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Combating Disease Mongering: Daunting but Nonetheless Essential

  • Iona Heath
  • Published: April 11, 2006
  • DOI: 10.1371/journal.pmed.0030146
  • Featured in PLOS Collections

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Combating disease mongering: An educational initiative takes a small first step

Posted by plosmedicine on 31 Mar 2009 at 00:07 GMT

Author: Ravi Shankar
Position: Associate Professor
Institution: Manipal College of Medical Sciences
E-mail: ravi.dr.shankar@gmail.com
Additional Authors: Subish P, Saha AC
Submitted Date: March 21, 2007
Published Date: March 21, 2007
This comment was originally posted as a “Reader Response” on the publication date indicated above. All Reader Responses are now available as comments.

We read with great interest the article by Dr. Iona Heath on Combating disease mongering [1]. The author had clearly outlined the challenge to professionals from disease mongering and the role of doctors in combating the phenomenon. The article and the special theme issue of PLoS Medicine had inspired us to start an educational initiative on disease mongering.

Medical students as future doctors have an important role to play. The department of Pharmacology at the Manipal College of Medical Sciences, Pokhara, Nepal teaches medical students to critically analyze drug advertisements and promotional materials [2]. The department concentrates on teaching students to use essential medicines rationally. As an extension of this activity we have started an educational session on disease mongering for the third and fourth semester undergraduate medical students. At Pokhara, Pharmacology is taught in an integrated, organ system-based manner with the other basic science subjects during the first four semesters. Student feedback was collected using a questionnaire and the opinion about the session was compared among different subgroups.

The learning session was conducted during the pharmacology practical. Reference materials related to the topic were made available in the college library. The topic of the session was informed to the students a week in advance. The session was activity-based and the group of 37 or 38 students was divided into small groups of 7 or 8 students each. The students were first shown a documentary on the creation of a new disease called ‘Motivational Deficiency Disorder’. Then the first author (PRS) gave a brief presentation about disease mongering. The groups were given a set of problems related to disease mongering. A few of the problems were whether the promotion of fairness creams in South Asia can be considered as disease mongering, the role of traditional medical practitioners in disease mongering and should direct-to-consumer advertising be legalized in South Asia. The groups presented their findings followed by a discussion.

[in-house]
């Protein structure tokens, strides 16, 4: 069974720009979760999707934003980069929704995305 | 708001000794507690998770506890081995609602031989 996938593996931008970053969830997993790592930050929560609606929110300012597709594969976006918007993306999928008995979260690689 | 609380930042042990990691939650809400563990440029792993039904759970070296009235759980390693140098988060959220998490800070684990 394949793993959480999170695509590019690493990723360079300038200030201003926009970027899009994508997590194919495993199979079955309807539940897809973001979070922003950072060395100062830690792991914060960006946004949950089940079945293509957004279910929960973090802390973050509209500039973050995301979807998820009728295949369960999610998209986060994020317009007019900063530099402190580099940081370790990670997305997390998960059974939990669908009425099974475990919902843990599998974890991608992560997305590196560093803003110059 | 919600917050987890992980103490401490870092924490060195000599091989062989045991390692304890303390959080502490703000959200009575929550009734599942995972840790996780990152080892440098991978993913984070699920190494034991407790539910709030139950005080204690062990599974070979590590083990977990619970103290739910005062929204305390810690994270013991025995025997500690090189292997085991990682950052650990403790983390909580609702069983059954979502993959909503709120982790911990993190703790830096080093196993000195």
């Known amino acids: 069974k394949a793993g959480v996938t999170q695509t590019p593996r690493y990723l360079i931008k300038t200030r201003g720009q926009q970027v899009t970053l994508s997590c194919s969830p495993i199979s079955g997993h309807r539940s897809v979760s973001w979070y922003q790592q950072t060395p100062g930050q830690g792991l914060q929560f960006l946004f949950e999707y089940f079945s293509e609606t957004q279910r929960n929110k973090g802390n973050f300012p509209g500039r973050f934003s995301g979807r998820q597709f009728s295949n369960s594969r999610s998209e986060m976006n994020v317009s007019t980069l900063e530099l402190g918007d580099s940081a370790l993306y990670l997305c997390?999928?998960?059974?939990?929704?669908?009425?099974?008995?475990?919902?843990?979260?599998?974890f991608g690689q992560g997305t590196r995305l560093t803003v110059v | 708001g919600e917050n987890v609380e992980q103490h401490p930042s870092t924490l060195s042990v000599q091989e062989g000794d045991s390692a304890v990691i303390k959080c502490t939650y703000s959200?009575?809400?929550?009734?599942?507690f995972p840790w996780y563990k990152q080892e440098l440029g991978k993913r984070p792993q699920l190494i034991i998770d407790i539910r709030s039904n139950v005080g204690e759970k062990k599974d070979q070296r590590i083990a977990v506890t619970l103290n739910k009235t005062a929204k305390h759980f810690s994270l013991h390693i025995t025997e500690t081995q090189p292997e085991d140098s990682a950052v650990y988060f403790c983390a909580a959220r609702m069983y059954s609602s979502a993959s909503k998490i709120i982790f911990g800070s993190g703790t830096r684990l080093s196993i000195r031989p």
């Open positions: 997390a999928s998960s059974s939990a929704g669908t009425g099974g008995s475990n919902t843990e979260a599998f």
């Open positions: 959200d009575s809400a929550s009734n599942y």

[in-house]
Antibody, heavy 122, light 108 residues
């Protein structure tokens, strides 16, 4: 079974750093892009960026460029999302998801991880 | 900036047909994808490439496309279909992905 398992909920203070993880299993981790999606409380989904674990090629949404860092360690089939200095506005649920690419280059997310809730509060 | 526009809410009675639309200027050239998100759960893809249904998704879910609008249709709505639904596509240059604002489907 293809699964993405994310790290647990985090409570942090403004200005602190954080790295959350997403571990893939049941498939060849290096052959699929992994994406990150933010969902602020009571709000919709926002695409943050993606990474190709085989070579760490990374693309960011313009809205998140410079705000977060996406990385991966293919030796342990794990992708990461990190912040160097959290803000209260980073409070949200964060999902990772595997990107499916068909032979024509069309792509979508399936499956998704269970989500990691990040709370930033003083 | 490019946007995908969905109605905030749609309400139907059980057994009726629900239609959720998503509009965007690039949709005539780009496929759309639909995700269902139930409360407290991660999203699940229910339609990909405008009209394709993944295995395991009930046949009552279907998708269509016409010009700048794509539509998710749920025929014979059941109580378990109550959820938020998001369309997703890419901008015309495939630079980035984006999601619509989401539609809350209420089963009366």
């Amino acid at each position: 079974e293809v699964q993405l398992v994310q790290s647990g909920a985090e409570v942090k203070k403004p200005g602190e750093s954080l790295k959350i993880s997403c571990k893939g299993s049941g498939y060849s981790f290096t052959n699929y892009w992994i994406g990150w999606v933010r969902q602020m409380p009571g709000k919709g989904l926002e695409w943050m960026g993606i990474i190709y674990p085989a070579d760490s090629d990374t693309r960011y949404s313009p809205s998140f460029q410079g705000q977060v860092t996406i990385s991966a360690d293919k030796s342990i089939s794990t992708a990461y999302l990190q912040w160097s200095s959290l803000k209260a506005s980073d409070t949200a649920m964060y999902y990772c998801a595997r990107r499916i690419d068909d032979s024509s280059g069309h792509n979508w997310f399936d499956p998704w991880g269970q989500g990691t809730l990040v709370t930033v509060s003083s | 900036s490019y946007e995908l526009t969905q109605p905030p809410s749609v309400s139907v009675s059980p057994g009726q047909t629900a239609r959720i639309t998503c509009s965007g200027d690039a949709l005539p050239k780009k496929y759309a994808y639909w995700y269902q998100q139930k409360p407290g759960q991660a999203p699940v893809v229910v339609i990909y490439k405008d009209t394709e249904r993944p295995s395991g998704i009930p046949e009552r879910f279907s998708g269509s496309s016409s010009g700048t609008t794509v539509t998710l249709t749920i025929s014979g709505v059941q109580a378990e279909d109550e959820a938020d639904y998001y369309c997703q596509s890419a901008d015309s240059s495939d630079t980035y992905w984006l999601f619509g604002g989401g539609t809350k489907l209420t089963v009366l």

The students were explained the aims and objectives of the study and were invited to participate. A participant consent form was given to each respondent explaining the purpose and conduct of the study. Respondents who agreed to participate and signed the consent form were included in the study. Basic demographic information was obtained and each respondent's agreement with a set of 15 statements was obtained using a modified Likert-type scale.

One hundred and seventeen students participated. The response rate of the third semester was 89.3% (67 of the 75 students) while of the fourth semester it was 69.1% (47 of the 68 students). Three students did not indicate their semester. The median total score was 53 and the interquartile range was 7 (maximum possible score was 75). Nepalese and Indians were the major nationalities. Majority of students were self-financing and were from urban areas. No significant difference in total scores was seen among the various subgroups. The students showed maximum agreement with the statement that doctors have an important role to play in combating disease mongering. The students wanted a student seminar to be conducted on the topic of disease mongering. They wanted similar sessions in the future.

The overall student opinion was positive. A single session can serve only as a preliminary introduction to a complex topic. Sessions for interns and medical officers are required. The session should be continued and strengthened and similar sessions for students during the clinical years can be considered.

References

1) Heath I (2006). Combating disease mongering: Daunting but nonetheless essential. PLoS Med 3 (4):e146.
2) Giri BR, Shankar PR (2005). Learning how drug companies promote medicines in Nepal. PLoS Med 2(8):e256.

No competing interests declared.